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Subject: Re: Leontyne Price - Another perspective
From: tom ponti <[log in to unmask]>
Reply-To:tom ponti <[log in to unmask]>
Date:Thu, 16 Mar 2017 15:32:40 +0000
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After hearing so much criticism of Price's late career, I suppose I did confuse voice with vocalism. IMO though from the late 70's on, though Price's top voice still sounded great, but the rest of the voice had a more clouded and less than beautiful sound on a consistent basis. In my observation, most middle aged sopranos tend to have vocal problems in their upper voice but some like: Price, Ryseneck, Nilsson, did lose some beauty and security in the mid and lower range. Amara, Freni, Sutherland, and some others maintained a secure upper voice and beauty and security throughout their vocal range. Being no expert, this is just what I have heard from some great singers, who I greatly admired. IMHO, Nothing gets better with age-lol.  By the way, why should we still be limited to only two posts a day, as there seems to be fewer posts than in the past?


________________________________
From: Discussion of opera and related issues <[log in to unmask]> on behalf of Bob Rideout <[log in to unmask]>
Sent: Thursday, March 16, 2017 8:40 AM
To: [log in to unmask]
Subject: [OPERA-L] Leontyne Price - Another perspective

Yesterday, it was asserted that Leontyne Price was among the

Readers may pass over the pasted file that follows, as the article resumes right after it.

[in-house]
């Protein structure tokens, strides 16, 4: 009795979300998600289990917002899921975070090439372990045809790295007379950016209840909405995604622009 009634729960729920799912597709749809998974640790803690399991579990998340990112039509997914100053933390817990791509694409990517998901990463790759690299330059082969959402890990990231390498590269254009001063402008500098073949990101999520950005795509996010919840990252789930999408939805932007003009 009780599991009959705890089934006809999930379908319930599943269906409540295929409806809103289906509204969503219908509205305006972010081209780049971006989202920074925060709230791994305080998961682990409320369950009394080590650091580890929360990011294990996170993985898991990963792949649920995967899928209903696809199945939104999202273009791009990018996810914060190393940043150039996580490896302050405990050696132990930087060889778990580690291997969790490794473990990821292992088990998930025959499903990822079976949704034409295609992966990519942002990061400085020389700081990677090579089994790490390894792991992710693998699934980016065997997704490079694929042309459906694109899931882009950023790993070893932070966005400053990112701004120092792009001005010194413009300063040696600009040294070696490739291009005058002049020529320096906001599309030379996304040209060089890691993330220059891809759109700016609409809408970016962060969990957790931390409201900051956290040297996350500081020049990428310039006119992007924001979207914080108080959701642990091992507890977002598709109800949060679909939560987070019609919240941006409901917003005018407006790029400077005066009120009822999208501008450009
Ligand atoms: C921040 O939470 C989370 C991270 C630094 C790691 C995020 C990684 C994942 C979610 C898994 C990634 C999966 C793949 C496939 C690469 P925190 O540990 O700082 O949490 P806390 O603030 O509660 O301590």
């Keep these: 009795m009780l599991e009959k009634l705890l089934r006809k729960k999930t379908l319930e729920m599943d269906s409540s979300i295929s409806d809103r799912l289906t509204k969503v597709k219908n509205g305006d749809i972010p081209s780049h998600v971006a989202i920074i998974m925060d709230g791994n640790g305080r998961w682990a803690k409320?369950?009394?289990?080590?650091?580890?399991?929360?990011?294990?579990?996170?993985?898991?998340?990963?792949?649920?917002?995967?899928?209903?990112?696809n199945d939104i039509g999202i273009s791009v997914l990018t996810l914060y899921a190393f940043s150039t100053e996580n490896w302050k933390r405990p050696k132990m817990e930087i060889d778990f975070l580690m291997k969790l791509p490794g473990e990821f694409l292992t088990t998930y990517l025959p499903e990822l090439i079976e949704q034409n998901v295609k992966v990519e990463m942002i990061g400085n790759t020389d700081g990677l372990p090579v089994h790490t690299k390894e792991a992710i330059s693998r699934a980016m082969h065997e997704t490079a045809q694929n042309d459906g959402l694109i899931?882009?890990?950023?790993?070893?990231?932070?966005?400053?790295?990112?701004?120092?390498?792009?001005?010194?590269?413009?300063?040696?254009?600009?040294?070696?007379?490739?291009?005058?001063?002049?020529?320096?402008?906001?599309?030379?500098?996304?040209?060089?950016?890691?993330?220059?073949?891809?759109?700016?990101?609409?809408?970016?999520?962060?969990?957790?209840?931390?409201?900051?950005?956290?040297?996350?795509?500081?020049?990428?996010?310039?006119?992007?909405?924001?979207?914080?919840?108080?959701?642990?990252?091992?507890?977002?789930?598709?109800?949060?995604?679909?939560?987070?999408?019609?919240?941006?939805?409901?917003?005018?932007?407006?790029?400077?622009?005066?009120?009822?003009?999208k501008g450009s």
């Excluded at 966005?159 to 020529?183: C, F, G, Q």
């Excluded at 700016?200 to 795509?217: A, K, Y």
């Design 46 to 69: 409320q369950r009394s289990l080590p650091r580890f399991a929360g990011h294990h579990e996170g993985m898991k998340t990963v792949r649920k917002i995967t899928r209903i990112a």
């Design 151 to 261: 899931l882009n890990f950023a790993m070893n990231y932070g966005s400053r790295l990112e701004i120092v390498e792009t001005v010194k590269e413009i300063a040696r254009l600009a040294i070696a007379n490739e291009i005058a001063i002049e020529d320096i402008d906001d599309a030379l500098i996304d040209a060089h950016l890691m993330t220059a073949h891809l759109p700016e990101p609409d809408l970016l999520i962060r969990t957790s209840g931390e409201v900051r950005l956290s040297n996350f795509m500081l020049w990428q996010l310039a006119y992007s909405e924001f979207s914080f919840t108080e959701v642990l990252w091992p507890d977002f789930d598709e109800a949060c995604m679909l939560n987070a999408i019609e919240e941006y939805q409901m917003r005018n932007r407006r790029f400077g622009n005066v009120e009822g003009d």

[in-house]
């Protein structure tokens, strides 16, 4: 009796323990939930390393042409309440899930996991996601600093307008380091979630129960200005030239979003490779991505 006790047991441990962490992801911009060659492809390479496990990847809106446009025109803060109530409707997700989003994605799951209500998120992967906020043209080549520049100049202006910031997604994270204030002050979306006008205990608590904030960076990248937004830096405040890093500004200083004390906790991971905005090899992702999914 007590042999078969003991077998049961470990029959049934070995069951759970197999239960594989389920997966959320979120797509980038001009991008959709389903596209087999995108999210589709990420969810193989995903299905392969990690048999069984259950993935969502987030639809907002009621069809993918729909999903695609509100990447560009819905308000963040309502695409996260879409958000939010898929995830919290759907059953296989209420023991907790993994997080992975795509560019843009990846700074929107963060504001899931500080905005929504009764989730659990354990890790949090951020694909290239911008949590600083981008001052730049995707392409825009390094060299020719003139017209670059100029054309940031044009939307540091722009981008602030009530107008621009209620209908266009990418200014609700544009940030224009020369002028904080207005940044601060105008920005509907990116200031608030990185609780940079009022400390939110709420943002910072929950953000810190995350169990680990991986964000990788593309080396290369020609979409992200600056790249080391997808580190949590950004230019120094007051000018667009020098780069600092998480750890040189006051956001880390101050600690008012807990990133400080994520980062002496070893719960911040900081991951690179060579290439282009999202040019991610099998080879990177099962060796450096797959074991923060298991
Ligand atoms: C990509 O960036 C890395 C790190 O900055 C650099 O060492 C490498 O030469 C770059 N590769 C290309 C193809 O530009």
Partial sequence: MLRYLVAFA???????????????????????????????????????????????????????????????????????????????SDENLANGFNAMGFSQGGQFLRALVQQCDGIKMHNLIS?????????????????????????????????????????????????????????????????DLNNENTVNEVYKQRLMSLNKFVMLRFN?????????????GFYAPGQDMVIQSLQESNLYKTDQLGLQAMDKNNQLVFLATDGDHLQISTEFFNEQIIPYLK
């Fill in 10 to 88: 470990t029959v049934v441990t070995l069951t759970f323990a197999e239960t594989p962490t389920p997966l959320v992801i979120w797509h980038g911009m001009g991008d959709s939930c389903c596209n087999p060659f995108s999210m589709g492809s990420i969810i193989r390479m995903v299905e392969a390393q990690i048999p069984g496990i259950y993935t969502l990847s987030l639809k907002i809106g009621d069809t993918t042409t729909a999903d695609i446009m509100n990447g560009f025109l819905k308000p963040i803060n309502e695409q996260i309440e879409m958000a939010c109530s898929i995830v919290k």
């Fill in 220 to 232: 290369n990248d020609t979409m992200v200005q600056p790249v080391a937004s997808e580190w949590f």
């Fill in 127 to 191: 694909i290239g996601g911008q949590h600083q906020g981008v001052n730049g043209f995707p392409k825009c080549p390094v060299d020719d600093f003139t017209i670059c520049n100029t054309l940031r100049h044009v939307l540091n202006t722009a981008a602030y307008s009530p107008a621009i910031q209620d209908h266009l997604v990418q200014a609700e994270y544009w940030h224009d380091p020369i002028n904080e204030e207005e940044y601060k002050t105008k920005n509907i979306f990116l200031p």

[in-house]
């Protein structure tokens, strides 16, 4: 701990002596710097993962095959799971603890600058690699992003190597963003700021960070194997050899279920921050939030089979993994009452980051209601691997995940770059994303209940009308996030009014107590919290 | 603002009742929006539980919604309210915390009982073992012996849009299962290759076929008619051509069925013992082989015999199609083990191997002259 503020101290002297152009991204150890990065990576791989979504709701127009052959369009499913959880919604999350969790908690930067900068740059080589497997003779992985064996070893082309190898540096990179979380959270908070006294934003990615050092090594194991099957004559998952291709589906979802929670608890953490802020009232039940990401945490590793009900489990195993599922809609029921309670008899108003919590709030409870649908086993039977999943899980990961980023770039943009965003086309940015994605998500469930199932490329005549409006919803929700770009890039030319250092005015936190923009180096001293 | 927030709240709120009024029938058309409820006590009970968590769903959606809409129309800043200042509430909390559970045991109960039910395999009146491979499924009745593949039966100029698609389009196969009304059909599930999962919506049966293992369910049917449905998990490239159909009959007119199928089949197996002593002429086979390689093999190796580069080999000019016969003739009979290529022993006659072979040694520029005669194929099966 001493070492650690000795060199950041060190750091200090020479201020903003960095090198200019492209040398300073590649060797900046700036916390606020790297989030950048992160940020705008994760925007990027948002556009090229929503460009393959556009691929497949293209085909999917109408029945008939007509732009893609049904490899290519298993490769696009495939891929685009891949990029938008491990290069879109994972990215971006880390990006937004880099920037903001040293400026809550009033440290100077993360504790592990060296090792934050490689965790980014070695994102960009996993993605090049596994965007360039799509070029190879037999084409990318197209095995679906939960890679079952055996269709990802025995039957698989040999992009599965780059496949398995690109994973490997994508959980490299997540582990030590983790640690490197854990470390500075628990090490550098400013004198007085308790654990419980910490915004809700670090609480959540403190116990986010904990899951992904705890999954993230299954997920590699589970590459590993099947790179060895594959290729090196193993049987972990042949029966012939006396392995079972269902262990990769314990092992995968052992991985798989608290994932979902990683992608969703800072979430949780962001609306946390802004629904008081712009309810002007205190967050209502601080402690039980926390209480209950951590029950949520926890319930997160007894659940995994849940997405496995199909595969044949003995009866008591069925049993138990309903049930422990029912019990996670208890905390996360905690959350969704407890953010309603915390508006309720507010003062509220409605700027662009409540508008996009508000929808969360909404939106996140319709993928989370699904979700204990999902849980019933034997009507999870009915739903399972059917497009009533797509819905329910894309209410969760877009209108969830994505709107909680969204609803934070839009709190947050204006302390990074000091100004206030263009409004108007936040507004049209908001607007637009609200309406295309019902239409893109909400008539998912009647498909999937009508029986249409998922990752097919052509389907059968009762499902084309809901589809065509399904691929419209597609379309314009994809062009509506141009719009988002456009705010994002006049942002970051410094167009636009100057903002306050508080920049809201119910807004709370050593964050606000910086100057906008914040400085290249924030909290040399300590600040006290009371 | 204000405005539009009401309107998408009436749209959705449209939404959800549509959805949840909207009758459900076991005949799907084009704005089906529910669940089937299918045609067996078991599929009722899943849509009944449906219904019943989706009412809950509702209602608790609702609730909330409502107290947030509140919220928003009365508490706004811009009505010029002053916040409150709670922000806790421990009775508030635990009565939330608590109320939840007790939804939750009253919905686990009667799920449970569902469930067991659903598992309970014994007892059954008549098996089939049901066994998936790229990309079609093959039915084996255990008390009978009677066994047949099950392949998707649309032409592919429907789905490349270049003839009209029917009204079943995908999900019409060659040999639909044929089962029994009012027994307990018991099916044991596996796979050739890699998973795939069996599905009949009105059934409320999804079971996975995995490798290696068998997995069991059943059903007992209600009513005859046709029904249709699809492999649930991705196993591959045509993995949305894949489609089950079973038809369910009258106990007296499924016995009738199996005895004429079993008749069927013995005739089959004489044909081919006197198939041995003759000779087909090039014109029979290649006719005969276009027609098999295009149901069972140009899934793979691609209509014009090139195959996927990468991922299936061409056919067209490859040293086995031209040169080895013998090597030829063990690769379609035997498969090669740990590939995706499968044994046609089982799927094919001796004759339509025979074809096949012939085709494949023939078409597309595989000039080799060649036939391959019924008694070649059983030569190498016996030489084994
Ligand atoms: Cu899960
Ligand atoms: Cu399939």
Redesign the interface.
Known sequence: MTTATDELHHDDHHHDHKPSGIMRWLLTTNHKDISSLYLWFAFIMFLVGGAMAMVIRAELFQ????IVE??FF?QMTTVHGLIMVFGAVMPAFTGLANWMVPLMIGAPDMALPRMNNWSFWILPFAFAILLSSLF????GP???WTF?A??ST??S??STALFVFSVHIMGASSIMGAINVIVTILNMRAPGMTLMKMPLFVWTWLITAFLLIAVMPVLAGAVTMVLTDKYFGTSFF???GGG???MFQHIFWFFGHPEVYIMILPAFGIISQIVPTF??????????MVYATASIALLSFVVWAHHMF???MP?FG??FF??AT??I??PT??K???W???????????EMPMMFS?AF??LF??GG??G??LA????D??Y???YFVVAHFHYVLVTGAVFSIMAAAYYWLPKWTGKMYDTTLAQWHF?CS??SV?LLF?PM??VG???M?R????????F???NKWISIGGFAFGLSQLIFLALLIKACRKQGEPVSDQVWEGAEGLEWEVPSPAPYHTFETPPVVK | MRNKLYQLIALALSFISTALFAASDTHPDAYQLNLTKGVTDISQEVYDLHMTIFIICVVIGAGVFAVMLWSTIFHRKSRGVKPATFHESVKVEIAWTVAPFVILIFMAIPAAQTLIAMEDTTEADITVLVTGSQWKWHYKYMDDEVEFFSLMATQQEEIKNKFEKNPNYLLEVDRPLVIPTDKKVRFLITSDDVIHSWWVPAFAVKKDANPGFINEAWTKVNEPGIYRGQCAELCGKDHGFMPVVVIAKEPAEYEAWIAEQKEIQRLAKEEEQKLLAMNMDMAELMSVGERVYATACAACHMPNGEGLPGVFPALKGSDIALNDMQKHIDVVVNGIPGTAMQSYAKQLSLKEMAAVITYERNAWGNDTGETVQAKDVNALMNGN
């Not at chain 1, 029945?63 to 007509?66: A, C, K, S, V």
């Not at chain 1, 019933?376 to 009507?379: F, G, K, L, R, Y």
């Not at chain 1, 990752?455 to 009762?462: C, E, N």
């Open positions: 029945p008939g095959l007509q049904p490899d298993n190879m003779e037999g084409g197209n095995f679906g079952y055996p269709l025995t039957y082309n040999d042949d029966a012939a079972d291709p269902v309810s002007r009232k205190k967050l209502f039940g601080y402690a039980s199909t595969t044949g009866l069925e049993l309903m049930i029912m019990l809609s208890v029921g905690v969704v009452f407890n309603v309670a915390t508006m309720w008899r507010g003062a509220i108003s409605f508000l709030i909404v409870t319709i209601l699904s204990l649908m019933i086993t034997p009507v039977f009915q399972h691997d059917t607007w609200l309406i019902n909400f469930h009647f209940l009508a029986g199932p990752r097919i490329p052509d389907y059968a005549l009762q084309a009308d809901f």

many sopranos whose voices did not hold up well as they
aged. I believe the cutoff was anout 45.

I had used my two and so could not respond, so here I am today,
to tell you that I disagree very much with that assessment.
In fact I think that she is the dictionary definition of why we should
separate voice and vocalism in our critical discussions of singing.
There is almost unanimous agreement that her voice and her
use of that glorious instrument approached perfection, most of
the time, during the first decade of her career. But, something
happened in the mid sixties that had nothing to do with that
voice. It was all about how she used it, and it was, in the
view of many, including yours truly, not a good thing. The
mannerisms were maddening - slurring of both words and music,
dramatic outbursts that became the stuff of comic relief, and what
seemed to me a rejection of the discipline that had been the
hallmark of her finest work.

But the voice remained miraculously intact, even until her astounding
farewell as Aida in 1985. If the bottom and middle ranges gradually
lost some resonance, it was to no great degree. The top, which was
always her glory, was undiminished, and remained so, more or less,
for the many years that she continued her concert and recital career.

There are times when "voice" and "vocalism" are conflated, but most
of the time they are not. In the case of Leontyne Price, they were
emphatically not There was the voice, which remains a legend for the
Ages, and then there was the vocalism, whose mannerisms, in her later
years, could have been, at times, the stuff of Saturday Night Live!

Bob

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